This is something I wish I'd done. We had two long placements - one in KS1 and one in KS2. I wish I'd got stuck in a bit more from the beginning of the placement instead of stepping back and getting through the first few weeks. Get the teachers on your side, ask them for advice and most importantly: tell your mentor/school-based tutor what you need! Policies, class list, pupil targets, assessments, signatures, weekly review meetings etc. Make sure they understand what they need to do so you're not getting it all done in your last week!

7. Evidence, evidence, evidence.
I think your evidence varies from university to university. You will need to collect evidence to show you're achieving the teachers' standards. Not heard of those yet? You will! They're basically 8 sentences that describe a teacher's job. You'll be assessed against these throughout your teaching career, so you've got plenty of time to get to know them. In your file you will need to prove you're achieving these. At SHU, it's pretty relaxed in terms of physical evidence but I've seen a few universities asking for files and files of the stuff. All I needed to do was collect work and assessments from three focus children in my class. Start collecting evidence from the first day!

8. Most importantly: don't compare yourself to anyone else.
In my group of friends, most of them finished with a 1 or 1* overall. I'm so proud of them and they've worked so hard to achieve these grades. I finished with a 2 overall and I can't help but compare myself to them. The truth is, we've all had different placements and experiences. The grades are decided by your school-based tutor so it's very subjective. I need to focus on the progress that I've made and the experiences I've had. You never know what grade you'd get if you were at a different school. We've all worked incredibly hard and have made it to the end.

I really hope these tips help you. If you've got any to add, leave them in the comments. If you've still got any questions, leave them below or you can find me on Twitter @rachaelamyreads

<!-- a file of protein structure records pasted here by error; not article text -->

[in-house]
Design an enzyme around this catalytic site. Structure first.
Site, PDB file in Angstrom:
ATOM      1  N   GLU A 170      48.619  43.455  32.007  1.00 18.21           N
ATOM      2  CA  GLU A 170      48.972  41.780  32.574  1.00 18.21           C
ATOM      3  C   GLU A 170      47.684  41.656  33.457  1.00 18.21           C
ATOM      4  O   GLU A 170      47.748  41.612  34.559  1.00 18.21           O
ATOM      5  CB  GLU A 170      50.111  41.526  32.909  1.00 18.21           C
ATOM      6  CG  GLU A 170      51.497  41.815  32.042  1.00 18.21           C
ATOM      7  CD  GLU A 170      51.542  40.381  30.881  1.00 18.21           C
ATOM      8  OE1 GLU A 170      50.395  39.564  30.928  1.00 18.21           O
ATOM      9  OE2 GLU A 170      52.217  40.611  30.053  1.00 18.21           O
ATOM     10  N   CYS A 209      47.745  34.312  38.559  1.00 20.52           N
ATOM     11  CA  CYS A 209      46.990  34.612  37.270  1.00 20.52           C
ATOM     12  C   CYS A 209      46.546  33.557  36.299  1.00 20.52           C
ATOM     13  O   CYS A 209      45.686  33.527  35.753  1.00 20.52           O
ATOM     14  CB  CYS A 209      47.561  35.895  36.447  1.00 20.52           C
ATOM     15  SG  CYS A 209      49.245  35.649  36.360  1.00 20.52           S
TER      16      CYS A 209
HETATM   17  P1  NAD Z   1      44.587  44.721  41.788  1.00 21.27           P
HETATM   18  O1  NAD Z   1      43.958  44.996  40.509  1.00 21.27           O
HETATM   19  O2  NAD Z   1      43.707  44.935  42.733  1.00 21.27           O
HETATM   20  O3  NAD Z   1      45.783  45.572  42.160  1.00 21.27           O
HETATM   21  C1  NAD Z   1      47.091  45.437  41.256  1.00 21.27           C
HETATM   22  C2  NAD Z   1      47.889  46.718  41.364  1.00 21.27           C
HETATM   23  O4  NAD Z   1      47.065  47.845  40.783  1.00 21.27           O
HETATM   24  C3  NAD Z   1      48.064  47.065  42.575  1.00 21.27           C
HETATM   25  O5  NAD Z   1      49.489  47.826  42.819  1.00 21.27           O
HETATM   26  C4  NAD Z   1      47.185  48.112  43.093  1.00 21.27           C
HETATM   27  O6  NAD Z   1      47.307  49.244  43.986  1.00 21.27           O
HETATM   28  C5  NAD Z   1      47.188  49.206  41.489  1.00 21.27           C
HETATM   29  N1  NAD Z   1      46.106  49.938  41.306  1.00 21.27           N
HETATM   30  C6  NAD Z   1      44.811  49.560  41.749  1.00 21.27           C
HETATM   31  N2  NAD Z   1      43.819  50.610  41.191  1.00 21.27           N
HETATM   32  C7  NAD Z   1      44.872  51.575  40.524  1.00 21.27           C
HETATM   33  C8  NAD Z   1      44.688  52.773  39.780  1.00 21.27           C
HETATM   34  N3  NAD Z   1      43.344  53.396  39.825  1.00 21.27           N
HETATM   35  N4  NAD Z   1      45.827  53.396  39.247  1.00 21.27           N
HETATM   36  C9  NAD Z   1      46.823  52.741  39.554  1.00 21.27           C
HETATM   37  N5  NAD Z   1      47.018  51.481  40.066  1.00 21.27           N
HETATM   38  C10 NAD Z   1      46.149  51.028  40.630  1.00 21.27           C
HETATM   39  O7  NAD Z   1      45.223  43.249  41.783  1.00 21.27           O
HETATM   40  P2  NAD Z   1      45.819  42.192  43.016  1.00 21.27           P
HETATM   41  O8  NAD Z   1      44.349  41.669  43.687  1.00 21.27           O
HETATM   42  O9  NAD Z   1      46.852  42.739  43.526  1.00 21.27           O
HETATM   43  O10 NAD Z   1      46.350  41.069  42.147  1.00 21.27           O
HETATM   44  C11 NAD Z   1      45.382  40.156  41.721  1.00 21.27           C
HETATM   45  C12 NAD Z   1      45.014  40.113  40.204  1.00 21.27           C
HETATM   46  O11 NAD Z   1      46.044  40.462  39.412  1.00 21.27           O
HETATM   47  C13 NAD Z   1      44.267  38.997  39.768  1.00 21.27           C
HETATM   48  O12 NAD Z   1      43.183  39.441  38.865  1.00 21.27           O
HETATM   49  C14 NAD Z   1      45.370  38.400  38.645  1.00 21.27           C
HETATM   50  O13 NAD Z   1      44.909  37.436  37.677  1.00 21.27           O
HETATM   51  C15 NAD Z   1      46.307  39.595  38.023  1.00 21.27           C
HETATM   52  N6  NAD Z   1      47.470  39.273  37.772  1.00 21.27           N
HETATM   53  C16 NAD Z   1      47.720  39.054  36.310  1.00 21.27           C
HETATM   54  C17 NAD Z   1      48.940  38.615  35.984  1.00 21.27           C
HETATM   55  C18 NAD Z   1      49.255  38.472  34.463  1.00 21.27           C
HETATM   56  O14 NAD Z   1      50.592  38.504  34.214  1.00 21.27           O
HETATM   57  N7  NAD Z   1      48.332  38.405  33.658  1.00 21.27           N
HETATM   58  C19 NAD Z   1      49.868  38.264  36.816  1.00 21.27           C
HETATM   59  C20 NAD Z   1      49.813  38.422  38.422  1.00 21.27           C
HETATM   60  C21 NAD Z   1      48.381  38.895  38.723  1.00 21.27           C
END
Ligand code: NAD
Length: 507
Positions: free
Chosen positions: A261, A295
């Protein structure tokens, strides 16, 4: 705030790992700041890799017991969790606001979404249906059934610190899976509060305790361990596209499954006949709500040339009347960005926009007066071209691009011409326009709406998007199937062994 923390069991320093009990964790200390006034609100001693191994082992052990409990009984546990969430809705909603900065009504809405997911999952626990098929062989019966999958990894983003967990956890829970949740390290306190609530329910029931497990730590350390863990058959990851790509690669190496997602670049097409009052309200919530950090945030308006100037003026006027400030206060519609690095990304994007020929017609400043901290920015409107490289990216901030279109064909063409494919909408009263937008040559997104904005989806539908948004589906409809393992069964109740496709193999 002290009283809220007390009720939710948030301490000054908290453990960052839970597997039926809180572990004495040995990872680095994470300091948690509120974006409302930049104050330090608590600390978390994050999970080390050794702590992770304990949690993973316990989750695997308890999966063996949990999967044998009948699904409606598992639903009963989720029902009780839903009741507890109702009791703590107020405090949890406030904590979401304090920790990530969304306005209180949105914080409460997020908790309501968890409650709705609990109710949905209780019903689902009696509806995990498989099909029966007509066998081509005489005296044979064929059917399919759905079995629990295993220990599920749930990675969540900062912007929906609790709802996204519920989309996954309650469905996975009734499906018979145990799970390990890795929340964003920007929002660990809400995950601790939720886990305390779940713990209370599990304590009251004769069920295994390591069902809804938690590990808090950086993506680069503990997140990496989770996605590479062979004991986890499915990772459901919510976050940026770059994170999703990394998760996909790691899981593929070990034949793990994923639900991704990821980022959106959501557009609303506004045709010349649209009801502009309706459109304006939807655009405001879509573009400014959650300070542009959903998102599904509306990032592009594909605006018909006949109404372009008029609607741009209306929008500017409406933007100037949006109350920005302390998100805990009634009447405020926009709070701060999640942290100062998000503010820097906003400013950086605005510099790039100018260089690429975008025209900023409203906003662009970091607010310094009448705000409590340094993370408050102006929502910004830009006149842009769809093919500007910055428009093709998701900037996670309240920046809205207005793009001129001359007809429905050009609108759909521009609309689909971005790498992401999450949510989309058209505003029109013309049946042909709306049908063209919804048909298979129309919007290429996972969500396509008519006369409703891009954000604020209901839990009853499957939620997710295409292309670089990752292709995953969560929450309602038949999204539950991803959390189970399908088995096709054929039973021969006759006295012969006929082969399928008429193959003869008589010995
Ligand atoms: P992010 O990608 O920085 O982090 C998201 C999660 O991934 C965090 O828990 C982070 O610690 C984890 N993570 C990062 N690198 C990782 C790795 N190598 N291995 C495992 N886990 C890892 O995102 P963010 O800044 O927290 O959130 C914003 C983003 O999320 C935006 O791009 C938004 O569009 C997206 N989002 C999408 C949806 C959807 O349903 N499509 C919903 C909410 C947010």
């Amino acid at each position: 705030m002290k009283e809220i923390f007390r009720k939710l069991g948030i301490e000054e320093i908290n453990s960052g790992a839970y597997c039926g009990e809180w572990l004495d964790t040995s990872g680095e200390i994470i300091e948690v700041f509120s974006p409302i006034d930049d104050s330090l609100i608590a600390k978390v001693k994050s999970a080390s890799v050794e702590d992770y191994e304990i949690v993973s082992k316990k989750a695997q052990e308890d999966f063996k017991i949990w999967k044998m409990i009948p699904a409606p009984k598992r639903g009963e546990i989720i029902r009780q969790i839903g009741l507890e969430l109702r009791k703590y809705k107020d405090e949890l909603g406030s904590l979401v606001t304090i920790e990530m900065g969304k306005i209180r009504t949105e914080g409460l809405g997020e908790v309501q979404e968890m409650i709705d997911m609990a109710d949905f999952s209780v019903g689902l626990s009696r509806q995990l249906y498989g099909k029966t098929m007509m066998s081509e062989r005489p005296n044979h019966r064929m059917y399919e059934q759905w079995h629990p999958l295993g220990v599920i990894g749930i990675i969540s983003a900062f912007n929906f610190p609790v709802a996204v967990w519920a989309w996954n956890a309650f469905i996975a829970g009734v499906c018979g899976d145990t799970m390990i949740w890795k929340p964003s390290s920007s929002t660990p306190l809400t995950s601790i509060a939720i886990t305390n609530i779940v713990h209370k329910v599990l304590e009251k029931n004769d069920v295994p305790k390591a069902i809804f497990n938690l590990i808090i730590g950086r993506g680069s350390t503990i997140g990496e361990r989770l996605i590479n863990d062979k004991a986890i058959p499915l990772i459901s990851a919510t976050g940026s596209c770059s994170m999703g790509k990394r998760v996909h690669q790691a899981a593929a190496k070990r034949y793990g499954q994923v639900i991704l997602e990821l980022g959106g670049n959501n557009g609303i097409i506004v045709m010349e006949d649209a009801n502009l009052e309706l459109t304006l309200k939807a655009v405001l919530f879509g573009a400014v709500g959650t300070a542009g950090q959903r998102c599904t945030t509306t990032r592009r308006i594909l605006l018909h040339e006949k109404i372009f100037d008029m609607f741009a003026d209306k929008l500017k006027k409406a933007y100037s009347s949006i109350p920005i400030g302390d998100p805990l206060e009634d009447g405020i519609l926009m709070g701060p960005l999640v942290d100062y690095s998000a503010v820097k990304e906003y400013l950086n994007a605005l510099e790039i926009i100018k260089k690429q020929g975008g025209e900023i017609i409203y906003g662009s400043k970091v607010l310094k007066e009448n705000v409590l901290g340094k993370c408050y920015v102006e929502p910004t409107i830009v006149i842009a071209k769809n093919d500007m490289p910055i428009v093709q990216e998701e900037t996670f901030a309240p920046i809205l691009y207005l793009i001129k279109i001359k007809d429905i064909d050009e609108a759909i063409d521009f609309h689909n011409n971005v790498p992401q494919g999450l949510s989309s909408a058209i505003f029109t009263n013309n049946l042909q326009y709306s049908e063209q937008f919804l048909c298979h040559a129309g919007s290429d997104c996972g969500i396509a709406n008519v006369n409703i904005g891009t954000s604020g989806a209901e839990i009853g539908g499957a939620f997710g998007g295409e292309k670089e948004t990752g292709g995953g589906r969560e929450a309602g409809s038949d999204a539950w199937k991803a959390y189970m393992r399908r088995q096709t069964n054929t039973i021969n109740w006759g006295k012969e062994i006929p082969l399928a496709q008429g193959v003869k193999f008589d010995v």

Rachael Amy


Follow Rachael Amy Reads on:


SHARE:

Monday, 6 June 2016

Why Do We Love Books So Much?

If you're anything like me, you'll love nothing more than browsing through numerous bookshops and drooling over all the beautiful books. Not much makes me happier than sitting amongst piles of pristine, amazing-smelling, wonderful books. But why? What is it about them that makes us so happy?
Look at these beautiful old books! #bookstagram #books #bookbloggers

Let's be honest now. Does anyone ever read all the books they buy? Or do they keep them on their shelves, ready to be flicked through or stared at any moment to bring instant joy. If I'm completely honest, I don't read even 50% of the books I buy. I will eventually, but at the moment my buying/reading ratio is very off balance. Normally, I would never buy anything I didn't plan on having a use for. But for some reason, it seems perfectly acceptable to do this with books.

Take, for example, these Shakespeare books I bought from a charity shop. Do I like Shakespeare? He's ok, I wouldn't choose to sit and read his work but I like Henry V. So why did I buy them? Well, they look beautiful for a start. And they were cheap. And they'll look good on my bookshelf. I'll feel happy when I look at them! They smelt really old! I like the pretty colours! Is this a good enough excuse, or am I judging a book by its cover?
Bought these amazing #Shakespeare books from a charity shop! #bookstagram #books #bookblogger

Why do I get so much enjoyment out of books I haven't read yet? Is it the anticipation of reading them? The beautiful covers? Am I just a crazy hoarder that will very soon be living in a library? Do I need to go on a TV show and have someone clear my house out?

Please tell me you're the same as me? I can't be the only one who reads books I might never get round to reading! If you are as book crazy as I am, let me know in the comments: why do you love books so much?

Rachael Amy


Follow Rachael Amy Reads on:


SHARE:

Tuesday, 31 May 2016

Where I've Been & Catch Up

Hello there! I'm not sure who exactly will be reading this as I haven't blogged for a good few months. I'll actually be surprised if someone other than my boyfriend and my mum (hi) end up reading this.
Such a relaxing bed 😊 #bedroom #interiors #newhome #oliverbonas